Susan, I love your tips. I had never looked at the bottom of the feed tube of a food processor and by George, there’s the tiny hole you mention. What a revelation for oblivious folk like me, who had always taken out the feed tube and tried to pour the oil slowly from a spouted cup. Homemade mayo is a zillion times better than store-bought. I rarely make it, but you’ve renewed my interest in trying it – with a few of your fantastic variations.
    Laura recently posted…Sephardic Charoset BallsMy Profile

    • says

      Laura, that tiny hole is one of the world’s best kept secrets. LOL! Now I have to run to your blog to find out what Sephardic Charoset Balls are. I’m hoping for some kind of dessert. :-)

  3. says

    Susan, I made some mayo last night using the feed tube for the oil for the first time and the batch turned out perfectly! Used it all up immediately in a potato salad and a pea salad we were making for a party. Thanks again for that tip. My food processor that has given me inconsistent results with mayo is a smaller one that’s ancient but functional. That may be what I get for buying a new work bowl instead of a new processor when the plastic wore out. Sometimes when I’m making a recipe that starts with a too-small quantity of cool ingredients I tip the food processor up a little to the side, holding the top and feed tube in place, so the liquid splashes around and contacts the blade better. Certainly it’s not a manufacturer-recommended technique, but if you try it you will see how that works. I needed to do that on this recipe on step one when only the vinegar, mustard, lemon juice, and salt and pepper were in the processor.
    Mary (Fit and Fed) recently posted…Summer Chickpea Salad with ApricotsMy Profile

    • Susan S. Bradley says

      Mary, so glad it worked for you. I would have never thought to tip the processor to the side to get the eggs going. My new smaller processor works perfectly though with even a 1 egg batch of mayo. So easy too! Heading over to check out your Chickpea Salad. :-)

  4. says

    I’ve had inconsistent results with homemade food processor mayo so I’ll pin this for your tips and tricks. I should try again with some of the really good free range eggs I get from a hobby farmer. I was not aware of there being a tiny hole at the bottom of the feed tube, thanks for teaching me about that! I read on a different blog that an immersion blender gives more consistent results than a food processor and the blogger who posted that tip wasn’t able to make mayo consistently until she got one. I don’t have an immersion blender, but it made me feel better to hear that I wasn’t the only blogger having trouble making mayo despite multiple attempts. What kind of oil to use is the other problem. I agree with you that all olive oil is too assertive, even though in general I try to use EVOO in recipes when I can. I’ve used mostly canola with a little olive oil in mayo in the past, but I’m using less canola, maybe I’d try grapeseed oil in this. I often just make tofu mayo with boxed silken tofu– that always works for me and avoids the question of what kind of oil to use. And adding tofu is an alternate way of saving split regular mayo, thickens it right up.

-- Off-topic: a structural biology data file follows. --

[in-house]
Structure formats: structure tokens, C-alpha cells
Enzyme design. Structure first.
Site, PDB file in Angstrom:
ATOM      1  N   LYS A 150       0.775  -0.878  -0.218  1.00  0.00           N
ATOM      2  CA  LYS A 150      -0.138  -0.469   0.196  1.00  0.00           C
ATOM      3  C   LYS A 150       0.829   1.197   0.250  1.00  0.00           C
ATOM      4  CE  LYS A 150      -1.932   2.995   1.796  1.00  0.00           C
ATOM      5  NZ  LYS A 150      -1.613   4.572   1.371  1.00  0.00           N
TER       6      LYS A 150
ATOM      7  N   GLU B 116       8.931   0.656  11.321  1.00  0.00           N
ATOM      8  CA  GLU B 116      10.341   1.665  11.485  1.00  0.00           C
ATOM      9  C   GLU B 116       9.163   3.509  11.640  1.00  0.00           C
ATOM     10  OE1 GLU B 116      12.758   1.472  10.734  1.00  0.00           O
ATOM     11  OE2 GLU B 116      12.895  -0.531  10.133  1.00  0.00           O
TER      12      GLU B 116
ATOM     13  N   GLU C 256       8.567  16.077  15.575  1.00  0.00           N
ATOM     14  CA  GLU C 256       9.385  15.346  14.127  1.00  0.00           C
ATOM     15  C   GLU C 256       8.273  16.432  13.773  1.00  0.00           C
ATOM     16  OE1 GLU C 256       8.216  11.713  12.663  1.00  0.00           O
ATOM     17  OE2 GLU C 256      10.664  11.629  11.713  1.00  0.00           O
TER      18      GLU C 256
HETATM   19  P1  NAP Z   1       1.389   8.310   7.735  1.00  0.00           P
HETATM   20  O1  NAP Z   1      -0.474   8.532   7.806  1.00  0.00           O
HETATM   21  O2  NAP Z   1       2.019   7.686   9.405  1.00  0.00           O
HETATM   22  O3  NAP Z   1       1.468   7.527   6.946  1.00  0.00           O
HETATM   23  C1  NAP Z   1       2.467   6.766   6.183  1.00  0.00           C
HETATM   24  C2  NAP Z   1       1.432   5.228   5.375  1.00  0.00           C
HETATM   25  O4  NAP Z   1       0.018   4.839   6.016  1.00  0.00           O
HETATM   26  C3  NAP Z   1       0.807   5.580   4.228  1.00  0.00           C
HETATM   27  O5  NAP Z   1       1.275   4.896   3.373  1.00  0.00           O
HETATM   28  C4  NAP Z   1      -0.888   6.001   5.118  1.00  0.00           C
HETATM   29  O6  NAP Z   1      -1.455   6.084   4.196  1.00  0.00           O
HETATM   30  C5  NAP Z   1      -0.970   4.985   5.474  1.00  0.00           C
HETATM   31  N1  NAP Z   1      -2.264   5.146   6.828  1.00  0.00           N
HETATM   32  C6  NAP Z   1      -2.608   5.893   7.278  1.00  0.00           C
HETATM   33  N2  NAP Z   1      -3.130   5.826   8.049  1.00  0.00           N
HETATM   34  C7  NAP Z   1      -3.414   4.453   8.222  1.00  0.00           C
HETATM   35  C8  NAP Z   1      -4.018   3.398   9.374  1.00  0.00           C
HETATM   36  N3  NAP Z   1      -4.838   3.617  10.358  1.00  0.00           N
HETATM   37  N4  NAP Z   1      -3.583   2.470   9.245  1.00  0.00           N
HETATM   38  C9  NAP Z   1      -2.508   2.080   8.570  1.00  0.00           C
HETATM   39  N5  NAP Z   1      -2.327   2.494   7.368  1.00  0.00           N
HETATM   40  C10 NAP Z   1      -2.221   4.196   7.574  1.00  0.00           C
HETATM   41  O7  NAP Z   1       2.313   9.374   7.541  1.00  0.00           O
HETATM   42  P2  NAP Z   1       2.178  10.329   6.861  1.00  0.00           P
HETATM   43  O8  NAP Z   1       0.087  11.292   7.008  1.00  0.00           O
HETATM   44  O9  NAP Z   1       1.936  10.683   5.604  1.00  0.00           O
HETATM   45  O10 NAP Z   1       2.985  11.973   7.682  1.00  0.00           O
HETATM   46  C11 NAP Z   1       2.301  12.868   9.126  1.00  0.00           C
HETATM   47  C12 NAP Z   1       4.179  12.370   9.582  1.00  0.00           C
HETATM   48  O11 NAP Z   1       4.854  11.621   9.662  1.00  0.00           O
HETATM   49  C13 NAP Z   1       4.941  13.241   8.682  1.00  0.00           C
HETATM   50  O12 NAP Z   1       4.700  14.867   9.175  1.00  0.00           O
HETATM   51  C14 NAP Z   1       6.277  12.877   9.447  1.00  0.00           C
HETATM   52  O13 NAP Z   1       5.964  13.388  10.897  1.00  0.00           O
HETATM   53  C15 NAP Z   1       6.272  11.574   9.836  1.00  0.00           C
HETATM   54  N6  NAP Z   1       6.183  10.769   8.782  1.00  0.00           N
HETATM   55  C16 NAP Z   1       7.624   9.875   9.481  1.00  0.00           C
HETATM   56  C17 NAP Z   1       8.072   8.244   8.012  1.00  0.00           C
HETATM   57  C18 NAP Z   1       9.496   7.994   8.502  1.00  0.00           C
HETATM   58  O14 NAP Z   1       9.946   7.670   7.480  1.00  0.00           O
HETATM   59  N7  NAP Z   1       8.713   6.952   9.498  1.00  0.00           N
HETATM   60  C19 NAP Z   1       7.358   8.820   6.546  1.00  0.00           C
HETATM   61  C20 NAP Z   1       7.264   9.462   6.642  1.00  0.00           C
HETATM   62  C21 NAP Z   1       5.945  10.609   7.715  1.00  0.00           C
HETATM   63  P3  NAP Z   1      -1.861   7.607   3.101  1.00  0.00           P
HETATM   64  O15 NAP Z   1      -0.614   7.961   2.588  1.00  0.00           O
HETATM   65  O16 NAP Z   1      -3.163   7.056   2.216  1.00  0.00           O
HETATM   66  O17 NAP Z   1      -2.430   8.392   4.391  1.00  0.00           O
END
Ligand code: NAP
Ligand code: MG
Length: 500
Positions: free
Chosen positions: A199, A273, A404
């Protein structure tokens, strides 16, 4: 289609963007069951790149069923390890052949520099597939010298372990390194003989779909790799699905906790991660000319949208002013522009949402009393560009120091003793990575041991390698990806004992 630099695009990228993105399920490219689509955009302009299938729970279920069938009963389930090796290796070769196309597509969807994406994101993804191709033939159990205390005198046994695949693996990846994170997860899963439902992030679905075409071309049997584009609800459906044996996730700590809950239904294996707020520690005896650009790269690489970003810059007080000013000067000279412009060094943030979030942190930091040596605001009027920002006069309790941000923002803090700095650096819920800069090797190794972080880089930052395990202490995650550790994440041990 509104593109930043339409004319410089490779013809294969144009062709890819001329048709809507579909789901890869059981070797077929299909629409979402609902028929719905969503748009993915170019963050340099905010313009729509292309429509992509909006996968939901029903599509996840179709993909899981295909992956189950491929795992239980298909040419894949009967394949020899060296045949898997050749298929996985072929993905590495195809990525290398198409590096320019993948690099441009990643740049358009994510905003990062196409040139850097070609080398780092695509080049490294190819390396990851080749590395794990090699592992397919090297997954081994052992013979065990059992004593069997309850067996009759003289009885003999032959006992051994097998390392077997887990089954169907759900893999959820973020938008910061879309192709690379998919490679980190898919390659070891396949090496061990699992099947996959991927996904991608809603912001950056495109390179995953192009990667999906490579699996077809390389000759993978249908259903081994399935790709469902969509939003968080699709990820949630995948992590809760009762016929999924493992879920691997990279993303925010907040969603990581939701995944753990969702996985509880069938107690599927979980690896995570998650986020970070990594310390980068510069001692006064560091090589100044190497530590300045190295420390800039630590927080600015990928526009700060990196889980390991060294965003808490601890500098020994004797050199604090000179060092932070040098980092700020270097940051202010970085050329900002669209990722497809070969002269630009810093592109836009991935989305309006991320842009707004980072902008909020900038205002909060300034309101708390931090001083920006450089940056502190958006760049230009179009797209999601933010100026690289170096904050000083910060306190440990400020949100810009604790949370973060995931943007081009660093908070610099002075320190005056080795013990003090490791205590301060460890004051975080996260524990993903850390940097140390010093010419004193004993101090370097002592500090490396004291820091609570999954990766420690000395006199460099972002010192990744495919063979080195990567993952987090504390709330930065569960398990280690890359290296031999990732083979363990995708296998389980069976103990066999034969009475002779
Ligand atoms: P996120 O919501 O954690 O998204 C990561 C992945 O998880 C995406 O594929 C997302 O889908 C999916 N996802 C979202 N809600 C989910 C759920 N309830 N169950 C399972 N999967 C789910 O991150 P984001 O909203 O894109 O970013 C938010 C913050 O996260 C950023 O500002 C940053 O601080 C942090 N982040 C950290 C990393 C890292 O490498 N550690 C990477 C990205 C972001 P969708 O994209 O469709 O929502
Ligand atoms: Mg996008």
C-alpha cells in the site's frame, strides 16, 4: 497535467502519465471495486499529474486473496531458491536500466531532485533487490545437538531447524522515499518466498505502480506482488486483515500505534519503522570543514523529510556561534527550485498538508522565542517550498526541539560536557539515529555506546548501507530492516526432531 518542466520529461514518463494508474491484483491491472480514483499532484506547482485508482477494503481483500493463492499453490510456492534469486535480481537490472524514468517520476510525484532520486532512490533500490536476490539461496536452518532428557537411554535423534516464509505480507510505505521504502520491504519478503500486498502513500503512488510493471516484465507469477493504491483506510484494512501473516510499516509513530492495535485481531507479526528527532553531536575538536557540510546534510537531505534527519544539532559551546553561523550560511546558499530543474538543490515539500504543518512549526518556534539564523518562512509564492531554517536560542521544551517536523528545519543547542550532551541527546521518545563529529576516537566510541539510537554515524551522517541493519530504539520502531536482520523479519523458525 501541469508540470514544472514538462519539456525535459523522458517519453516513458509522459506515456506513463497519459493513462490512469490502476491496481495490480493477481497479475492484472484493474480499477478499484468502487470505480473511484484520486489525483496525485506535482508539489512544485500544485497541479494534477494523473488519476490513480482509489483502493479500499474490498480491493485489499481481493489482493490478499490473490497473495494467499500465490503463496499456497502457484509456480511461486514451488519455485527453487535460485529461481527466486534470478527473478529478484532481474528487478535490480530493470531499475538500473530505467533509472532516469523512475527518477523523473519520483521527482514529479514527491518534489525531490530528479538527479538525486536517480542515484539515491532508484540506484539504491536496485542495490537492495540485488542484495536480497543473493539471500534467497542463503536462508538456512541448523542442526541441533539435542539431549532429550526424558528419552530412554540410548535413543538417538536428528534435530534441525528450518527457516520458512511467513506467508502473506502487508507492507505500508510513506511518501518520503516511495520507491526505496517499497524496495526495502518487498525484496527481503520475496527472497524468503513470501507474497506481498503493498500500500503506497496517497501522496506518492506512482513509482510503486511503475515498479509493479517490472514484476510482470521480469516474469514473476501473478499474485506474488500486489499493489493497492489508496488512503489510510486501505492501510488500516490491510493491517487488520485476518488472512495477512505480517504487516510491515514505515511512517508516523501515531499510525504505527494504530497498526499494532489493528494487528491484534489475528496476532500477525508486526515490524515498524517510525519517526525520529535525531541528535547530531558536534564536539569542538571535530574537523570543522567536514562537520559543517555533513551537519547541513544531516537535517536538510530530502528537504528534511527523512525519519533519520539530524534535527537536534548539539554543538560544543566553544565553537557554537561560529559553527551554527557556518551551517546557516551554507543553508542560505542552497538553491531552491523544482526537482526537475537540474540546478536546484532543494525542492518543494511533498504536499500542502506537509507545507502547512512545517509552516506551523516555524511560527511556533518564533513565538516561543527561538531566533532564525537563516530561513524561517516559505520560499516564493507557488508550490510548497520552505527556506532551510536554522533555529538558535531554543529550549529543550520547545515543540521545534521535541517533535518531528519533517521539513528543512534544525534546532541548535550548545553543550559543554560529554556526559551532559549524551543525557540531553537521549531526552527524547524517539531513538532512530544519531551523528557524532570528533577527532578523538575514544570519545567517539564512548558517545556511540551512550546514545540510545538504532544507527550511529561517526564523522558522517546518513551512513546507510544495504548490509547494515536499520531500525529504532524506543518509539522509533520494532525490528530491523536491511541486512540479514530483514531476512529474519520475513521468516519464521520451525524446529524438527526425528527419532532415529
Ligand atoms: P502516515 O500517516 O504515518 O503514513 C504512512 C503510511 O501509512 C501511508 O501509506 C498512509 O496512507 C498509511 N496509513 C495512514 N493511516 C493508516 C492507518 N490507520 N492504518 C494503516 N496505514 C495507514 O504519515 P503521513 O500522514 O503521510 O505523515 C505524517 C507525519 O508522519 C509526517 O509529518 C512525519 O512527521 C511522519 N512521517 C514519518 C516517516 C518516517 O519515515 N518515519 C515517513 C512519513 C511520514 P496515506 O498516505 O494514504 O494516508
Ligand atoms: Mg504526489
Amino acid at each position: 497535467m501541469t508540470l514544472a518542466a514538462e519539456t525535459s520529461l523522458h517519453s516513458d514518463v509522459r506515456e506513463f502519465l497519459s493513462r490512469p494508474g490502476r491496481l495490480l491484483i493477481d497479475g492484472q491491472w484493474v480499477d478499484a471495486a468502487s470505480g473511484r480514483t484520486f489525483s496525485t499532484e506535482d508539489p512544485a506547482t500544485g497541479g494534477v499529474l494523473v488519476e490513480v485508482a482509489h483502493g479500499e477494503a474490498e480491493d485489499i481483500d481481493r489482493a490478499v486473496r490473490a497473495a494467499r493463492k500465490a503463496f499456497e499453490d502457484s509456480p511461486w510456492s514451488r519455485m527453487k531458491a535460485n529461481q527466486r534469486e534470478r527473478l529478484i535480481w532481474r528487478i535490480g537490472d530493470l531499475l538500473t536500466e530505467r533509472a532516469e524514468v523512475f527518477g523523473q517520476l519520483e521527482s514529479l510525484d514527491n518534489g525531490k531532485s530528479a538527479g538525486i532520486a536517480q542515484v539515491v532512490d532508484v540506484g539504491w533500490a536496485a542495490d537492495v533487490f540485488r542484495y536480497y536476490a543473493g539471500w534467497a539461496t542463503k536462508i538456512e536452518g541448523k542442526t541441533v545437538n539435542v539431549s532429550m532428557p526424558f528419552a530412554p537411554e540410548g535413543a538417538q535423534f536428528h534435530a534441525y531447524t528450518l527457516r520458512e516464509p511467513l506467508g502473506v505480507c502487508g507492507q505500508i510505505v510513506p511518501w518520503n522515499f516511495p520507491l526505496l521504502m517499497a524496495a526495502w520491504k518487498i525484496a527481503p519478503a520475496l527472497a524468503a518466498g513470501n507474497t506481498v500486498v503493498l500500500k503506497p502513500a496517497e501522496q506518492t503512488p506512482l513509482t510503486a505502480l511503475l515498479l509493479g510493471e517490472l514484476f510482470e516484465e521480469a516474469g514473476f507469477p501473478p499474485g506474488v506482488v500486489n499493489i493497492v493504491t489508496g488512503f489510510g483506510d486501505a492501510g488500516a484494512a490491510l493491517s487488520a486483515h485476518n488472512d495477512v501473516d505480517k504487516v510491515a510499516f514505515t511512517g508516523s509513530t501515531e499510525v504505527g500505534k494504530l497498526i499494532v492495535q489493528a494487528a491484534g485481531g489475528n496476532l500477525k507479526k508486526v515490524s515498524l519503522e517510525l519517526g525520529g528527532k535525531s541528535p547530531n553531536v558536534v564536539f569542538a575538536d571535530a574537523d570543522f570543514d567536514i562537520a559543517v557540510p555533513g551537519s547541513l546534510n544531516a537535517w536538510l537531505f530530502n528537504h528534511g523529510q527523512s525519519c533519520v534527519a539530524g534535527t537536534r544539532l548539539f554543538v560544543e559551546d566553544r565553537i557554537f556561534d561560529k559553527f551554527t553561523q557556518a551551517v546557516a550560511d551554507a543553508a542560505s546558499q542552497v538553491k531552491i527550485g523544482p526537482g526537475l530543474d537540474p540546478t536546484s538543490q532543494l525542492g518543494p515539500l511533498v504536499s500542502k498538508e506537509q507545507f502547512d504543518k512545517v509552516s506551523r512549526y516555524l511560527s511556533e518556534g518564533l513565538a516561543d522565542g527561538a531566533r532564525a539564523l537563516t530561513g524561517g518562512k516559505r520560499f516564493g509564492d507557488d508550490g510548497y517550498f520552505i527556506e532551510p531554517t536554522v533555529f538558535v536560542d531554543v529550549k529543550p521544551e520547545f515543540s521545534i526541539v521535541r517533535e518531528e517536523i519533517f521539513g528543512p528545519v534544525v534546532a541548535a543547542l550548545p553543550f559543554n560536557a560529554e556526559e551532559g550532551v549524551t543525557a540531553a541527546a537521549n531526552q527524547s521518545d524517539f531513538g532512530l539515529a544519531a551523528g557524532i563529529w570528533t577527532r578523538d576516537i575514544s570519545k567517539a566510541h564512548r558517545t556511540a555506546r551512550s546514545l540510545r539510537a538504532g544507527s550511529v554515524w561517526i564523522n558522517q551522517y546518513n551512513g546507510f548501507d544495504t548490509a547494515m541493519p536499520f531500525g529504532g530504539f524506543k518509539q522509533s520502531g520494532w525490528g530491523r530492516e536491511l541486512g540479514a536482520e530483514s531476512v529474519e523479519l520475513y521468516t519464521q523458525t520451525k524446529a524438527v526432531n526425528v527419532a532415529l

Mary (Fit and Fed) recently posted…Peach Lassi with PistachiosMy Profile

    • Susan S. Bradley says

      Thank you for your thoughtful points, Mary! I had a couple of disasters with processor mayonnaise as well and spent a few days wondering why the process I always used no longer worked. The egg sat on the bottom of the processor and didn’t get beaten sufficiently. Then it dawned on me that I had purchased larger processors for the kitchen and retired the smaller one that I had used for years. It was beat, so I ran out an bought a 7-9 cup processor and VOILA, perfect mayonnaise. I really like the smaller processor for everyday cooking tasks. It’s just right for dishes serving 2-6. Your tofu suggestion is interesting. I can’t wait to try it. Do let us know how the immersion blender works for you. I was going to try that and didn’t get to it. Best…Susan